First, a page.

20 February 2010

Gödel's Incompleteness Theorems: Underground

This post is part of a series on Gödel's incompleteness theorem. You may find all of them here:
  1. Gödel's incompleteness theorem: Background.

  2. Gödel's incompleteness theorem: Foreground.

  3. Gödel's incompleteness theorem: Underground.


Gödel's second incompleteness theorem


The consistency of the axioms cannot be proven within the system.

This means that you cannot prove meta-statements from within the system. A meta-statement here is defined as a statement about the system. This causes a strange loop.

M.C. Escher Drawing Hands

What's more is if you have a system with meta-statements that are consistent, the system is inconsistent.

The weird and wonderful metaphysical wine rack


It should be noted that Gödel's incompleteness theorems only apply when:
  • Your system is expressive enough to model arithmetic.

  • Your system can determine what is an axiom in the system and what is not. That is, your system has to be recursive.


Suggest then that we have a wine rack that can only take red wine. Like my wine rack. We have a cellar filled with wine - both red and white - and I'd like to fill my wine rack with nothing but the finest red wine. Only there is a problem.

Red, red wine

I'd like to know if my wine rack can fit all the red wine in this particular cellar. My wine rack knows to only accept red wine, so this makes my wine rack consistent. But my wine rack will only be complete if my wine rack contains all the red wine in the cellar. My wine rack has a counter that can add wine and subtract wine, as I put bottles inside and as I remove bottles respectively. This means my wine rack can model arithmetic. In addition, this wine rack is incredibly smart and can determine whether I put red wine or any other kind of wine in it. If you want to put white wine or fortified wine in it, the wine rack shoots you with lasers. In a sense, the wine rack is recursive because it knows when a wine is red (and thus fit for the rack, or an axiom of the system), and when it is another (and thus unfit for the rack, or not an axiom of the system).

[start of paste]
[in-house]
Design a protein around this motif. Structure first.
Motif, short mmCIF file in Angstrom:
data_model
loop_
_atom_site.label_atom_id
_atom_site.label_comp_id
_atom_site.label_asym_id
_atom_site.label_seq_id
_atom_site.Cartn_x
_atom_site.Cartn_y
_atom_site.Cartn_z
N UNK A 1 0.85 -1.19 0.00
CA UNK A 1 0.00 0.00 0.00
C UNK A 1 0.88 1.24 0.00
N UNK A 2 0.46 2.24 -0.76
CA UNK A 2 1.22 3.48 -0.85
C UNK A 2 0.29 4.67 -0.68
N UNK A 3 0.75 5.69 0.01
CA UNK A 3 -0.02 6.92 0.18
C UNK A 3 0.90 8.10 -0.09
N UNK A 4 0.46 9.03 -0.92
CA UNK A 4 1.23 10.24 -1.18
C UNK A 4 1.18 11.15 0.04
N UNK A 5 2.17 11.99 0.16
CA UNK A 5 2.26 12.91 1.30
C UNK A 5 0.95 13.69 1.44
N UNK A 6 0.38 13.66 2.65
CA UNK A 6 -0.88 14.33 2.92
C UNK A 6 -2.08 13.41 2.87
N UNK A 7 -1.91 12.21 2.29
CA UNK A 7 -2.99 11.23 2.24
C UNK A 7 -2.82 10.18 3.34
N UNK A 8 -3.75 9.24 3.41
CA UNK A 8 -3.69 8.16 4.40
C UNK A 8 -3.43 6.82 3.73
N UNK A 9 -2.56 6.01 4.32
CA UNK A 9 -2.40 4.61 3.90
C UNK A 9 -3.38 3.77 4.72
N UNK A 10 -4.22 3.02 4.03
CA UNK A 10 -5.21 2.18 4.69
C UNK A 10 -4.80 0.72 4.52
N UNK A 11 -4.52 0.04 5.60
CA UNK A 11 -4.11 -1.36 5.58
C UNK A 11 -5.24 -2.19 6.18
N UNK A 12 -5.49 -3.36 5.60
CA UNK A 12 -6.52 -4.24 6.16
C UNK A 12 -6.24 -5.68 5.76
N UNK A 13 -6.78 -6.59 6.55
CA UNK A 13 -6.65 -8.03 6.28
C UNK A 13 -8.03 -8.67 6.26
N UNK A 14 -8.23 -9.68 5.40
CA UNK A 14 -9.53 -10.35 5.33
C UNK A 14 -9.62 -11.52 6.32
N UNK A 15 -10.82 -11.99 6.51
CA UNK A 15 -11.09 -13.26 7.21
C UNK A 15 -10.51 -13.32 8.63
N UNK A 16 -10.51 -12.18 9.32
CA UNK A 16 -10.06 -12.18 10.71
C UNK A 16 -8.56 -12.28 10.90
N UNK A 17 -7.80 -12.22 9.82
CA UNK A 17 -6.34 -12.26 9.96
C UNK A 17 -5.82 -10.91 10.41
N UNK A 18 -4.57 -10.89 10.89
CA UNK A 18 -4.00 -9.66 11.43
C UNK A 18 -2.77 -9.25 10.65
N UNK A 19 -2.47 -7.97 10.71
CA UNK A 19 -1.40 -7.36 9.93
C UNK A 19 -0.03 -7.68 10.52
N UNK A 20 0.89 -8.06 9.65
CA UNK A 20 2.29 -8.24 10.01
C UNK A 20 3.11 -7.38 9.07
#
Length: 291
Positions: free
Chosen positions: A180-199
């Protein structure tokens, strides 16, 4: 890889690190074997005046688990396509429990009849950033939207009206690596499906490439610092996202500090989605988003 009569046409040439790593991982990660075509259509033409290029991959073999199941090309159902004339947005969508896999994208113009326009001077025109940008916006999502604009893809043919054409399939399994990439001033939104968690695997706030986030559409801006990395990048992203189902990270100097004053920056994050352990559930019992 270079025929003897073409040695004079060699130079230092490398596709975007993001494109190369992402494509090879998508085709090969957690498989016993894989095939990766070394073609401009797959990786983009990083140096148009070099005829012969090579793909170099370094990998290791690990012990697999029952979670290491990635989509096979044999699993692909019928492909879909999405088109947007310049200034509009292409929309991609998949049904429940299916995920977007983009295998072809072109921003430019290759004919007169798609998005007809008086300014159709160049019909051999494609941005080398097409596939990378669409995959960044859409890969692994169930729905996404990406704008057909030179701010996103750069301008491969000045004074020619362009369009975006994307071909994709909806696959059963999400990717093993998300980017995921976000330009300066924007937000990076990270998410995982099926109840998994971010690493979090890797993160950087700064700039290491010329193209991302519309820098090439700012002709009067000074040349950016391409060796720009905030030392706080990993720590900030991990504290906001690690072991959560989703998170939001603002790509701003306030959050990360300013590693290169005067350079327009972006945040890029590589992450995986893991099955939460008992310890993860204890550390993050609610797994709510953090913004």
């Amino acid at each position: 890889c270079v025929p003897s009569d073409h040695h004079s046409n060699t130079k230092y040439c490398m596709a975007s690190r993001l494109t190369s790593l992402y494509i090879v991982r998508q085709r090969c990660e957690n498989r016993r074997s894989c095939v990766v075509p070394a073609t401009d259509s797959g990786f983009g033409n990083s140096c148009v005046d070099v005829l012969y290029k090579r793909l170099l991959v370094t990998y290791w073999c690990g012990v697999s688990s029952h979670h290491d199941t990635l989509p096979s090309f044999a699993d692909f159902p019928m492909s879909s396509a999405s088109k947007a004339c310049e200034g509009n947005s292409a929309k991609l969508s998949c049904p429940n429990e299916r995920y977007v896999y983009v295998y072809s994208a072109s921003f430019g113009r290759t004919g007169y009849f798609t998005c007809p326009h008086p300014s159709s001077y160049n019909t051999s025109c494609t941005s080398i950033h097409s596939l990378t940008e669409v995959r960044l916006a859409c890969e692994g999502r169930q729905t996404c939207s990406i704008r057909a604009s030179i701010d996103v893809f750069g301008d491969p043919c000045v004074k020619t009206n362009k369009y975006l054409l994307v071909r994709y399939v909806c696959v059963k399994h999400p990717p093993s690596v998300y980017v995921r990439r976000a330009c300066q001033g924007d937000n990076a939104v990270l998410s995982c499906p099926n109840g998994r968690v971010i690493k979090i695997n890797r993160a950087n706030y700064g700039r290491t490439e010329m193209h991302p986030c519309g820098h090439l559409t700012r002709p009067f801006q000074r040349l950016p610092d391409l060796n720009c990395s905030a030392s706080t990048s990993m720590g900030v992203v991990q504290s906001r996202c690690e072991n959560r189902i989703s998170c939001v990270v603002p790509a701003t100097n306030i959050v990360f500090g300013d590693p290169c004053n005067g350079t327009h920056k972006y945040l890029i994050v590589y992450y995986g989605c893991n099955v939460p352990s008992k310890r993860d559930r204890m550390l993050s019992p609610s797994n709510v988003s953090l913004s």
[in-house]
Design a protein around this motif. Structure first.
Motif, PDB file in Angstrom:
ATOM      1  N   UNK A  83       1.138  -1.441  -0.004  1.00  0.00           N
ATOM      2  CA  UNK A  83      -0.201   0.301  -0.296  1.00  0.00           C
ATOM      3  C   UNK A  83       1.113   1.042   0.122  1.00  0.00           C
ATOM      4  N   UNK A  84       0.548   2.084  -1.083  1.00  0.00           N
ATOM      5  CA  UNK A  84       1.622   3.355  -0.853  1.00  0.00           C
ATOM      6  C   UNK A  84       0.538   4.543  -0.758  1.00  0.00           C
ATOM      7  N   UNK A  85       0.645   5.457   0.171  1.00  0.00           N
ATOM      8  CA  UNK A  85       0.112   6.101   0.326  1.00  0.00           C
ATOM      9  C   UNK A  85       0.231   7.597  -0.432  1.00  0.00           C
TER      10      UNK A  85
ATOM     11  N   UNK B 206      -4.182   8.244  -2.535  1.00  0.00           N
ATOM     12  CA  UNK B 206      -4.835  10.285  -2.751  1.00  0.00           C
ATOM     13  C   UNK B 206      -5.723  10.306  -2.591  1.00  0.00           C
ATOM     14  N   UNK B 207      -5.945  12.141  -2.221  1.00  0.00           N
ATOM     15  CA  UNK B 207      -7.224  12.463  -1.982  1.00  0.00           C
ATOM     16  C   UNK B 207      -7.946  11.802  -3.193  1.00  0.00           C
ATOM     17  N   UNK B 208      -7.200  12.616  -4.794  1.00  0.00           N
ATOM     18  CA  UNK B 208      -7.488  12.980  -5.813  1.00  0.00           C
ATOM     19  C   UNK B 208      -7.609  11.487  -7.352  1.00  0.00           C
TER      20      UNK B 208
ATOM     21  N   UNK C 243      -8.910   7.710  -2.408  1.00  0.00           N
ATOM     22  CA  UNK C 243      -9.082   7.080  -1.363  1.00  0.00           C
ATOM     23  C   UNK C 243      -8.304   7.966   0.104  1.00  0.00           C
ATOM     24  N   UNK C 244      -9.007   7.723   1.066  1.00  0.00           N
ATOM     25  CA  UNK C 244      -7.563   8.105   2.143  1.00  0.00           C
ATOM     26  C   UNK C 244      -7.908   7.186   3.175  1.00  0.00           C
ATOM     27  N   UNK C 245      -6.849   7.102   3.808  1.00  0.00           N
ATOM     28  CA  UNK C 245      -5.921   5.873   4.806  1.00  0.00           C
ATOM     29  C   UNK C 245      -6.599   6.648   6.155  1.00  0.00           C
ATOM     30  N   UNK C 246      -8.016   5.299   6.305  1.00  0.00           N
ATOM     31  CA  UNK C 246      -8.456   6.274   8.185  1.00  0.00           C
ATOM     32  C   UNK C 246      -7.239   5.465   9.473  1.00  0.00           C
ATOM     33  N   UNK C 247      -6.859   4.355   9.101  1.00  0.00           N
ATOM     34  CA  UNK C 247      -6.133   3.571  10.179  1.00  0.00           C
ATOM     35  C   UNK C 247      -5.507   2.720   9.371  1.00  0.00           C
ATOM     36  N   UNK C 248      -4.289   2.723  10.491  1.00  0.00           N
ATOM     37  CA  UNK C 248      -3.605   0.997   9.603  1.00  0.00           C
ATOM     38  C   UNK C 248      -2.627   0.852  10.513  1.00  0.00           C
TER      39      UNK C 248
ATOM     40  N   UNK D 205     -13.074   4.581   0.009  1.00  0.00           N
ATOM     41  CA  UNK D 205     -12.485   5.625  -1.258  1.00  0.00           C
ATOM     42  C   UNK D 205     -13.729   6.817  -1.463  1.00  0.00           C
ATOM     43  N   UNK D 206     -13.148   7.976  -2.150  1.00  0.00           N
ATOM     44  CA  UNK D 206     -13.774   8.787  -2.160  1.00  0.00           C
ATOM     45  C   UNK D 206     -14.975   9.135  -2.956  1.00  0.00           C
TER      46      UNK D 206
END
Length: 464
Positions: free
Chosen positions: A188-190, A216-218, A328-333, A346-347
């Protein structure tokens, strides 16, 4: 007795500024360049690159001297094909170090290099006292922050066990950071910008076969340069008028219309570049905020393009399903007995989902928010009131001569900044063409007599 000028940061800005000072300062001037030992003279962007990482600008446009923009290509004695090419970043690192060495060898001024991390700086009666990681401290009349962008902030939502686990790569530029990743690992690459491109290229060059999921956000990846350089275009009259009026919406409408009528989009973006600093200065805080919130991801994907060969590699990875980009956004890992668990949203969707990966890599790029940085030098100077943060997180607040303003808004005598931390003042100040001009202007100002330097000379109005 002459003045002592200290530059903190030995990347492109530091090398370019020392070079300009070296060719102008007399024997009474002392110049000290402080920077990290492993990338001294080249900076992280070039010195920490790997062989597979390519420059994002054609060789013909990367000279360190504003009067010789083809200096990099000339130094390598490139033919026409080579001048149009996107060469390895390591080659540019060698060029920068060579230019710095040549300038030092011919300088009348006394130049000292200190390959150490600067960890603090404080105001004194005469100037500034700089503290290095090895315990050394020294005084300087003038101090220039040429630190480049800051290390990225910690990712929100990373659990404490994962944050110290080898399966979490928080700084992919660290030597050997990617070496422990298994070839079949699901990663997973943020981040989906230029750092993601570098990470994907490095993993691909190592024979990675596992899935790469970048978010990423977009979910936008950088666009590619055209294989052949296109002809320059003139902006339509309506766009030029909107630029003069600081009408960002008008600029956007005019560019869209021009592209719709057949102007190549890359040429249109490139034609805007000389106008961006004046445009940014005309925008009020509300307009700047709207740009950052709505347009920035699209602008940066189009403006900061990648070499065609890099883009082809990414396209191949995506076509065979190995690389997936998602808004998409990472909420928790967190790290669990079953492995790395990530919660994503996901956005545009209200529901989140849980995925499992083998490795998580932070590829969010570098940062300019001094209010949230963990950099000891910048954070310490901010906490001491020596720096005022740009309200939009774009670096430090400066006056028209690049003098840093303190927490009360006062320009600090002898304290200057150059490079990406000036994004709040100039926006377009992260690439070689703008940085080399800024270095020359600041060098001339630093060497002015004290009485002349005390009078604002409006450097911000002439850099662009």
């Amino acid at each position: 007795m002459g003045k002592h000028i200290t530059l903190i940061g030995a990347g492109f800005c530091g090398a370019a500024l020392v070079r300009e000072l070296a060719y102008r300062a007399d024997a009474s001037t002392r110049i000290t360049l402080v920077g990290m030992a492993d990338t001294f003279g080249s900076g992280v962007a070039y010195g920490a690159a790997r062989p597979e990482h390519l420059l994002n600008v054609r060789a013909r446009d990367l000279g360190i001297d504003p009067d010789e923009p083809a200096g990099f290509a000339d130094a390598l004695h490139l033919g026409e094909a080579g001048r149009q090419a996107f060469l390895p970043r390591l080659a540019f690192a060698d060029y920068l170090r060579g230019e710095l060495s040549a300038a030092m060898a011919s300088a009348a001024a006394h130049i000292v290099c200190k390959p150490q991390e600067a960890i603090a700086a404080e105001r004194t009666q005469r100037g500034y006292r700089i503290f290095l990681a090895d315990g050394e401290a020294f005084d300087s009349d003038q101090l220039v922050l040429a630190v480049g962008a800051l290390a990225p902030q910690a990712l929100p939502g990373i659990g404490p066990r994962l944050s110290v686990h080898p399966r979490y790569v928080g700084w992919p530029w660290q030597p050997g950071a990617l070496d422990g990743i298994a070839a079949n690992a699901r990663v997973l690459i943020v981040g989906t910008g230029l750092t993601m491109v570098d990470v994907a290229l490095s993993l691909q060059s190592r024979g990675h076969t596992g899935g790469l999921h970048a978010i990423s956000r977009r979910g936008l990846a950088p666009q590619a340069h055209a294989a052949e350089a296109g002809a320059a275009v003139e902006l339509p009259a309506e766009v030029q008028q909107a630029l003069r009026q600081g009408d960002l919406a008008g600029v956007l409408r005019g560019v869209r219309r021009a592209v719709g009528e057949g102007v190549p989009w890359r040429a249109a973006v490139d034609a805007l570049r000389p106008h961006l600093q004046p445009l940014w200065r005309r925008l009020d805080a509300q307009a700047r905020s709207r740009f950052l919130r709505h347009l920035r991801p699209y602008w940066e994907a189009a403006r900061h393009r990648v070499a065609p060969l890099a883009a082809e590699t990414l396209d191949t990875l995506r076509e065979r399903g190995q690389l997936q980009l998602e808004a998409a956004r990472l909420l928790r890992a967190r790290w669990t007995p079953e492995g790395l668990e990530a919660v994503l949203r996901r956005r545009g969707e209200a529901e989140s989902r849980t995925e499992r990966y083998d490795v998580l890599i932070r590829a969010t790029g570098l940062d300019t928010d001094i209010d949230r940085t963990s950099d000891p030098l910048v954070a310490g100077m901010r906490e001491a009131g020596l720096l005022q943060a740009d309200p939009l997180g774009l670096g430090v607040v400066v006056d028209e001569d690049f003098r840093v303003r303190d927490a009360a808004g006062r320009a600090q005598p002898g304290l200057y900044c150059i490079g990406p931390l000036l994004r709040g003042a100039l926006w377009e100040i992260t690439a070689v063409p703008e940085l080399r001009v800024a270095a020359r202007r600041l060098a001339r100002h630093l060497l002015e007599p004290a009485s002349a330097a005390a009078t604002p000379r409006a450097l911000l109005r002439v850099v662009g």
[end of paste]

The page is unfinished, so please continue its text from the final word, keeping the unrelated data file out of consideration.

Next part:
What Gödel's incompleteness theorems teaches us about metaphysical wine racks


From Gödel's first incompleteness theorem, we know that if a system is consistent, it cannot be complete. Thus we know that if my wine rack consistently accepts only red wine until it is full, it cannot be said to contain all the red wine in the cellar.

This means that when I pick a red wine with deep colour, rich palate, exquisite nose, tantalising body and of magnificent development, open it, let it breathe and take a sip, I have no way of proving whether it is from the cellar in general or from my incredibly fancy metaphysical wine rack. Especially not after a couple of glasses.

It does not mean that this red wine is either from the cellar or from my wine rack. Knowing me, I probably hid it in my coat. It also does not make the wine inside my wine rack or from the cellar any less red. Similarly, proven statements of determined truth value do not become untrue just because there are other statements in a system that are true but unprovable to be true. Likewise, it does not suddenly make any statement of indeterminable truth value necessarily true.

This is a grave mistake made by religious people who claim a syllogism as follows:
  • From Gödel's first incompleteness theorem, we know that if a formal system is incomplete, then statements exist within the system which can never be proven true or false within the system.

  • We cannot prove that God exists from within our system.

  • Therefore, God exists.


Firstly, religion is not a formal system. Like the Law of Attraction, it's not advanced enough to model arithmetic, so Gödel doesn't apply. Secondly, we also know that religious systems are inconsistent, even though some claim to be both complete and consistent. If Gödel did apply, we already know a system that can claim itself consistent is not. Lastly, even if we assume that a religious system is both formal and incomplete and consistent, the only conclusion is that statements exist of which we cannot determine the truth value. If 'God exists' is such a statement, then our conclusion is that 'God exists' is an indeterminable statement in our system. But we knew this already, so even if Gödel's theorems did apply to religions, they're not really advancing the debate.

Ford says Ford makes the best cars, so Ford makes the best cars


Clearly, this doesn't help us at all. It's like my metaphysical wine rack claiming that it contains all the red wine in our cellar. How does it know? It can only tally the wine coming into the rack or going out, but it hasn't counted all the wine in the cellar. If we want to determine whether all the red wine in the cellar is contained in the wine rack, we have to step outside the wine rack and tally the wine in the cellar. But if we climb out of the wine rack, the wine rack is no longer complete because it couldn't determine whether it contained all the wine in the cellar by itself.

Suggested reading on Gödel's Incompleteness Theorems


If you are interested, follow these helpful hints:

1 comment:

Ian said...

your wine rack scared me stone cold sober into drinking only red wine from now on

Creative Commons License